10. The names of the claim adjusters who are working on your files. Their contact info can be very helpful when trying to email an adjuster with a question.   I always recommend emailing the adjuster with any questions. Emails create an easy way for the adjuster and you to document your files. If the adjusters’ names keep changing on your files, this is a time to contact a claim supervisor to see why the adjusters keep switching so often. Having the same adjuster throughout a claim is priceless. One of the toughest assignments an adjuster can have is to pick up a file from a previous adjuster review it and then make proper claims decisions.
  11. Your policy or TPA agreement – this one is probably the most obvious. Having your worker’s compensation policy at your fingertips and possibly reading it before signing it can eliminate a large number of problems or questions upfront. Finding out something about your policy or TPA agreement during the contract period can result in a very frustrating situation for all parties involved with your worker’s compensation or any other type of policy The Declarations Page remains ever-important.
  12. Your premium audit. Make sure that when you receive your premium audit bill you have also received the premium auditor’s workpapers along with the premium audit statement. Both of these will likely answer many questions that you may have about your premium audit and allow you to review how the premium auditor came to the numbers on your bill
Picture of board members workers compensation numbers signing agreement
Wikipedia.org – Sgt. Brian Schlumbohm


These 12 suggestions came from files that I have reviewed recently or in consulting with various employers.  So many workers’ compensation statistics can be generated with today’s analytics.    This list covers a small amount of the worker’s compensation numbers and statistics available.

Keep this Workers’ Compensation numbers list at your fingertips for future use.



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James J Moore - Workers Comp Expert

Raleigh, NC, United States

About The Author...

James founded a Workers’ Compensation consulting firm, J&L Risk Management Consultants, Inc. in 1996. J&L’s mission is to reduce our clients’ Workers Compensation premiums by using time-tested techniques. J&L’s claims, premium, reserve and Experience Mod reviews have saved employers over $9.8 million in earned premiums over the last three years. J&L has saved numerous companies from bankruptcy proceedings as a result of insurance overpayments.

James has over 27 years of experience in insurance claims, audit, and underwriting, specializing in Workers’ Compensation. He has supervised, and managed the administration of Workers’ Compensation claims, and underwriting in over 45 states. His professional experience includes being the Director of Risk Management for the North Carolina School Boards Association. He created a very successful Workers’ Compensation Injury Rehabilitation Unit for school personnel.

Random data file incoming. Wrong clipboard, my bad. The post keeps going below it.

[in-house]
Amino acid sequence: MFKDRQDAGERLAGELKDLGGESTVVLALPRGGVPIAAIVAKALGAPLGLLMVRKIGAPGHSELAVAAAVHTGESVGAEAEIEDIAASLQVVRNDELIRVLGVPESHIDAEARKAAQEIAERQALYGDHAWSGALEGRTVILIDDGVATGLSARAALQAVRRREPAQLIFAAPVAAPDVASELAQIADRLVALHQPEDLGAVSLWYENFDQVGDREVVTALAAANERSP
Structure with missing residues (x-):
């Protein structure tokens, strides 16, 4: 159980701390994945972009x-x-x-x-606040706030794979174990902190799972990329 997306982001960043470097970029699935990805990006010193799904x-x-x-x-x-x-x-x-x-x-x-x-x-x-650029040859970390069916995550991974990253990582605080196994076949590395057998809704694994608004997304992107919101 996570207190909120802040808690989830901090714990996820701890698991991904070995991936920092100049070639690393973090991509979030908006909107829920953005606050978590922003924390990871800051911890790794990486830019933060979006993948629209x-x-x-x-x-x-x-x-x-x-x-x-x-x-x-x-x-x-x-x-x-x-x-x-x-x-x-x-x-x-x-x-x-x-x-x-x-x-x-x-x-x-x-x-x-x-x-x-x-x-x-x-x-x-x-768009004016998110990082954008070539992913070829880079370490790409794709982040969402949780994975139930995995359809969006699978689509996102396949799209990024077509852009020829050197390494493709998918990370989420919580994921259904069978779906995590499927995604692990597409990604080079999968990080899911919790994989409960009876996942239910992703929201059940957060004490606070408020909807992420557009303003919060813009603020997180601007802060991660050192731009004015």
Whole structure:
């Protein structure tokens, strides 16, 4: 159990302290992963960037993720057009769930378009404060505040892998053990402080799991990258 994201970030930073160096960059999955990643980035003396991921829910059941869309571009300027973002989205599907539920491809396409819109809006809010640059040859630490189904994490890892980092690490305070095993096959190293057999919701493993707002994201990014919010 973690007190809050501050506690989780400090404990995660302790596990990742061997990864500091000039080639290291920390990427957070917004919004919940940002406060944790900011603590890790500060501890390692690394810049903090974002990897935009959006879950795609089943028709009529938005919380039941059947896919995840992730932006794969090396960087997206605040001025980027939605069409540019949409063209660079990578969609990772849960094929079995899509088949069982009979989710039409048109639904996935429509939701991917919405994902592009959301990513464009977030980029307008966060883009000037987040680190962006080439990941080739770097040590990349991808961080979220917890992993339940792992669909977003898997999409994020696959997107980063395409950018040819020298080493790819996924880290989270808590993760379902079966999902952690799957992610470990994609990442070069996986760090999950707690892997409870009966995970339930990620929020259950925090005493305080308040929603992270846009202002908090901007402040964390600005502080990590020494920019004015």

James’s educational background, which centered on computer technology, culminated in earning a Masters of Business Administration (MBA); an Associate in Claims designation (AIC); and an Associate in Risk Management designation (ARM). He is a Chartered Financial Consultant (ChFC) and a licensed financial advisor. The NC Department of Insurance has certified him as an insurance instructor. He also possesses a Bachelors’ Degree in Actuarial Science.

LexisNexis has twice recognized his blog as one of the Top 25 Blogs on Workers’ Compensation. J&L has been listed in AM Best’s Preferred Providers Directory for Insurance Experts – Workers Compensation for over eight years. He recently won the prestigious Baucom Shine Lifetime Achievement Award for his volunteer contributions to the area of risk management and safety. James was recently named as an instructor for the prestigious Insurance Academy.

James is on the Board of Directors and Treasurer of the North Carolina Mid-State Safety Council. He has published two manuals on Workers’ Compensation and three different claims processing manuals. He has also written and has been quoted in numerous articles on reducing Workers’ Compensation costs for public and private employers. James publishes a weekly newsletter with 7,000 readers.

He currently possess press credentials and am invited to various national Workers Compensation conferences as a reporter.

James’s articles or interviews on Workers’ Compensation have appeared in the following publications or websites:

  • Risk and Insurance Management Society (RIMS)
  • Entrepreneur Magazine
  • Bloomberg Business News
  • WorkCompCentral.com
  • Claims Magazine
  • Risk & Insurance Magazine
  • Insurance Journal
  • Workers Compensation.com
  • LinkedIn, Twitter, Facebook and other social media sites
  • Various trade publications